Have you seen any live bands in korea?
I saw the RockTigers once. They were alright. These days I'm kind of and old fogey about live shows. Or I just got really spoiled by living in NYC. I'm not really sure. But any old thing isn't really going to do it for me. I've see loads of foreigners rave on and on about the RockTigers. I don't know if they've never seen live music before, or are just happy to see something going on here in Korea, but I honestly wasn't really that impressed. Bands are one of those things I can get really snotty about. Like, really really snotty. So I'm probably not the best person to ask about this.
What are your favourite places in Incheon/Korea?
This is going to sound super-duper lame, but honestly, my neighborhood. It's a little smalltownish, but close enough to everything one might need. There are streets lined with market goods and produce vendors all over the damn place. The old people hang out around the car parks playing Go-Stop in the shade and chatting. Kids running around shrieking and riding bikes. It's a great place to just wander around all afternoon, feeling at home. Doing the shopping, stopping to chat with this or that ajeosshi or ajumma or student or student's parent or adorable random little kid. A boatload of tiny grubby little hofs. Lots of restaurants. And we even got our second coffee shop, just two months ago. The watermelon truck guys give me free samples in the summer. The street food cart women shove sticks of spicy orange things into my hands as I pass them on the sidewalk. The coffee shop owner calls out my drink as soon as she sees the door open in front of me. The 편의점 lady lets me play with her grandbaby.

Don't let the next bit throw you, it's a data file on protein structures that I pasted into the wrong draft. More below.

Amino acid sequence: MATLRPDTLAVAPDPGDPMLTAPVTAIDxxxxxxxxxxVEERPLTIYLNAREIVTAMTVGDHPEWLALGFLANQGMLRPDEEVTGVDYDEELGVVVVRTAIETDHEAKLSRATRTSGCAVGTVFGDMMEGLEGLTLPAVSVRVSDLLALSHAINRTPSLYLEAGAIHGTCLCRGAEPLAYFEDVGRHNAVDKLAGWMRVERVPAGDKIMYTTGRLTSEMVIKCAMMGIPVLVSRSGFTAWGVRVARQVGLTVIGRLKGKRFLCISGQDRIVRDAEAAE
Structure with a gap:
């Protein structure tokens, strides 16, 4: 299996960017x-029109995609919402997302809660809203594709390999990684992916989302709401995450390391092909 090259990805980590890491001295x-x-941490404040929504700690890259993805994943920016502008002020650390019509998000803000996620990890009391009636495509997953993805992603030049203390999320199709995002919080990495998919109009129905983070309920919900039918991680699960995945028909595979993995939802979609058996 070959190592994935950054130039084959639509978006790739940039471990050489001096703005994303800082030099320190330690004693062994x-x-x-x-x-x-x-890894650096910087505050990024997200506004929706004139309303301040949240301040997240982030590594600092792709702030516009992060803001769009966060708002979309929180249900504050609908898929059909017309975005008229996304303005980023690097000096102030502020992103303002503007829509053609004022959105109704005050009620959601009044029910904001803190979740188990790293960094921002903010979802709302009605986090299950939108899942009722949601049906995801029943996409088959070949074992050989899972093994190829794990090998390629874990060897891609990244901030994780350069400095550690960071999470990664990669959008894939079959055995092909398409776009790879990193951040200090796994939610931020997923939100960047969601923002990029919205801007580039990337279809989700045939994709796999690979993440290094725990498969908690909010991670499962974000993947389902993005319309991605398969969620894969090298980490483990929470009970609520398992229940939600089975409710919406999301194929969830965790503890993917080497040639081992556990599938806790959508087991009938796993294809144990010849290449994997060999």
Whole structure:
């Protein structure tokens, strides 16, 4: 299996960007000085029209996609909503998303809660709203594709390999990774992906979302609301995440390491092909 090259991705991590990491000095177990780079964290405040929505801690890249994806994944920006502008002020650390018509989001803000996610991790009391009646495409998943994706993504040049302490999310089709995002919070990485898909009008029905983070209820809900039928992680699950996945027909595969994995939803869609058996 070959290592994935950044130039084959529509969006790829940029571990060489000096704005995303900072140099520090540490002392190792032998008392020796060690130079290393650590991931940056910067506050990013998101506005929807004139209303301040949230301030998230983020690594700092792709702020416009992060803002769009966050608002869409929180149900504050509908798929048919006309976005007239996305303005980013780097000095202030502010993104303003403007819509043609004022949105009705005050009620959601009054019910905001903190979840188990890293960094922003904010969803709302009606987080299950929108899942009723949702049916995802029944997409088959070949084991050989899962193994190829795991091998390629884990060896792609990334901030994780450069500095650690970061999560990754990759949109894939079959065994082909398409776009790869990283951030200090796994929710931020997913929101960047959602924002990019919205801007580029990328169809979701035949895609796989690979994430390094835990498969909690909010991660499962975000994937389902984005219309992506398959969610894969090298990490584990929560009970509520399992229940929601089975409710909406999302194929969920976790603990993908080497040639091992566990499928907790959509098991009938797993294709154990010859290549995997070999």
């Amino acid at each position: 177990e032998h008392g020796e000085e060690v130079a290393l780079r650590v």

This is why no one ever sees me anymore. I basically almost refuse to leave my neighborhood these days. That having been said, when I do get into Seoul, I usually go in the earlier mornings and coffee shops are usually the target. Hongdae is obviously great for this (I really love Hongdae in the quiet early mornings), plus there's the park if you want to sit outside. Sinchon, occasionally Myeongdong, but honestly Myeongdong is usually too much for me. Namdaemun has the great art shops and is good for a stroll. I can usually be found in those three places, if I'm in Seoul.
All-Time favourite movie quote?
I don't really do favorites. Too difficult and basically I think they're almost always false statements, from the second they are uttered. But here's one that's been on my mind lately:
It's all happening....